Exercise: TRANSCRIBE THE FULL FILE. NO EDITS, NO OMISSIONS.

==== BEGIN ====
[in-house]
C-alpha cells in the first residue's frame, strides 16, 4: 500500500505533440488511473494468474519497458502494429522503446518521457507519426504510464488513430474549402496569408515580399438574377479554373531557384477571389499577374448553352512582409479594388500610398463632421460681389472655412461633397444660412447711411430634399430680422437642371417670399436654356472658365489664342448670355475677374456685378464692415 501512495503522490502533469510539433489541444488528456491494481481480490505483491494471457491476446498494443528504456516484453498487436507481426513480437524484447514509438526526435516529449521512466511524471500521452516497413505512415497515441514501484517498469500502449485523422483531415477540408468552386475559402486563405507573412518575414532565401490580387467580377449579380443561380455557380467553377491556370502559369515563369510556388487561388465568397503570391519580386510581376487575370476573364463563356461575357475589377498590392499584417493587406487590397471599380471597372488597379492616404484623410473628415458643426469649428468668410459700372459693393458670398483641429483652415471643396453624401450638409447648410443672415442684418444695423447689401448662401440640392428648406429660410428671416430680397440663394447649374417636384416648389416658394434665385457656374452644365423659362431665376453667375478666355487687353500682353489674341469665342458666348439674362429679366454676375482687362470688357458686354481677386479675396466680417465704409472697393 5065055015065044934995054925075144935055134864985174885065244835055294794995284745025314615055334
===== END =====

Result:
[in-house]
C-alpha cells in the first residue's frame, strides 16, 4: 500500500505533440488511473494468474519497458502494429522503446518521457507519426504510464488513430474549402496569408515580399438574377479554373531557384477571389499577374448553352512582409479594388500610398463632421460681389472655412461633397444660412447711411430634399430680422437642371417670399436654356472658365489664342448670355475677374456685378464692415 501512495503522490502533469510539433489541444488528456491494481481480490505483491494471457491476446498494443528504456516484453498487436507481426513480437524484447514509438526526435516529449521512466511524471500521452516497413505512415497515441514501484517498469500502449485523422483531415477540408468552386475559402486563405507573412518575414532565401490580387467580377449579380443561380455557380467553377491556370502559369515563369510556388487561388465568397503570391519580386510581376487575370476573364463563356461575357475589377498590392499584417493587406487590397471599380471597372488597379492616404484623410473628415458643426469649428468668410459700372459693393458670398483641429483652415471643396453624401450638409447648410443672415442684418444695423447689401448662401440640392428648406429660410428671416430680397440663394447649374417636384416648389416658394434665385457656374452644365423659362431665376453667375478666355487687353500682353489674341469665342458666348439674362429679366454676375482687362470688357458686354481677386479675396466680417465704409472697393 5065055015065044934995054925075144935055134864985174885065244835055294794995284745025314615055334